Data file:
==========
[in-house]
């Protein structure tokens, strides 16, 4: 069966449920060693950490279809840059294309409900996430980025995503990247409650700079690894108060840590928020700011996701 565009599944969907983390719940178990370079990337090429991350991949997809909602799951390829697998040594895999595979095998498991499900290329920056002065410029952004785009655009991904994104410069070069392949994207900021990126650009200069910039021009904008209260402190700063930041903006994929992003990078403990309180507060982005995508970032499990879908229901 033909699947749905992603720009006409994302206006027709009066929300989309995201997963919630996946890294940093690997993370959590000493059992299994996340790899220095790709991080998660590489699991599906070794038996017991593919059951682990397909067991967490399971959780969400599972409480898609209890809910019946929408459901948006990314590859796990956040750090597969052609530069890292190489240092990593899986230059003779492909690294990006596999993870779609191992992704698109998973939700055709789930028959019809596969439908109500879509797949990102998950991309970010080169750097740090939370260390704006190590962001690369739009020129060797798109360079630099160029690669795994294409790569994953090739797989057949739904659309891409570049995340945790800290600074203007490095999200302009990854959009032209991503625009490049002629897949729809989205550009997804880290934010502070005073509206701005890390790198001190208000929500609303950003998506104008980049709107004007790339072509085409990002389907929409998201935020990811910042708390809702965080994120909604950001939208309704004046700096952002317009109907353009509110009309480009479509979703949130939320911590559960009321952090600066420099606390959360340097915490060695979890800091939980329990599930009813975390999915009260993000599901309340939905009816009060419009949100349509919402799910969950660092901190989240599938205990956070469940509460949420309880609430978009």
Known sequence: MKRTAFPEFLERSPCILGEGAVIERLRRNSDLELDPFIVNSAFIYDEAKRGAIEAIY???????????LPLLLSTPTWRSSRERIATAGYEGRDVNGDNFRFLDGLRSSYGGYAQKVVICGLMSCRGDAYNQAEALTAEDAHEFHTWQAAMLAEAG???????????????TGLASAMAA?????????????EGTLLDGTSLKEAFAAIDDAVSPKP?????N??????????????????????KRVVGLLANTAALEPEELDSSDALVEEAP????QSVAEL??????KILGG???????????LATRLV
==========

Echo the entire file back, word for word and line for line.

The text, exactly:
[in-house]
């Protein structure tokens, strides 16, 4: 069966449920060693950490279809840059294309409900996430980025995503990247409650700079690894108060840590928020700011996701 565009599944969907983390719940178990370079990337090429991350991949997809909602799951390829697998040594895999595979095998498991499900290329920056002065410029952004785009655009991904994104410069070069392949994207900021990126650009200069910039021009904008209260402190700063930041903006994929992003990078403990309180507060982005995508970032499990879908229901 033909699947749905992603720009006409994302206006027709009066929300989309995201997963919630996946890294940093690997993370959590000493059992299994996340790899220095790709991080998660590489699991599906070794038996017991593919059951682990397909067991967490399971959780969400599972409480898609209890809910019946929408459901948006990314590859796990956040750090597969052609530069890292190489240092990593899986230059003779492909690294990006596999993870779609191992992704698109998973939700055709789930028959019809596969439908109500879509797949990102998950991309970010080169750097740090939370260390704006190590962001690369739009020129060797798109360079630099160029690669795994294409790569994953090739797989057949739904659309891409570049995340945790800290600074203007490095999200302009990854959009032209991503625009490049002629897949729809989205550009997804880290934010502070005073509206701005890390790198001190208000929500609303950003998506104008980049709107004007790339072509085409990002389907929409998201935020990811910042708390809702965080994120909604950001939208309704004046700096952002317009109907353009509110009309480009479509979703949130939320911590559960009321952090600066420099606390959360340097915490060695979890800091939980329990599930009813975390999915009260993000599901309340939905009816009060419009949100349509919402799910969950660092901190989240599938205990956070469940509460949420309880609430978009």
Known sequence: MKRTAFPEFLERSPCILGEGAVIERLRRNSDLELDPFIVNSAFIYDEAKRGAIEAIY???????????LPLLLSTPTWRSSRERIATAGYEGRDVNGDNFRFLDGLRSSYGGYAQKVVICGLMSCRGDAYNQAEALTAEDAHEFHTWQAAMLAEAG???????????????TGLASAMAA?????????????EGTLLDGTSLKEAFAAIDDAVSPKP?????N??????????????????????KRVVGLLANTAALEPEELDSSDALVEEAP????QSVAEL??????KILGG???????????LATRLV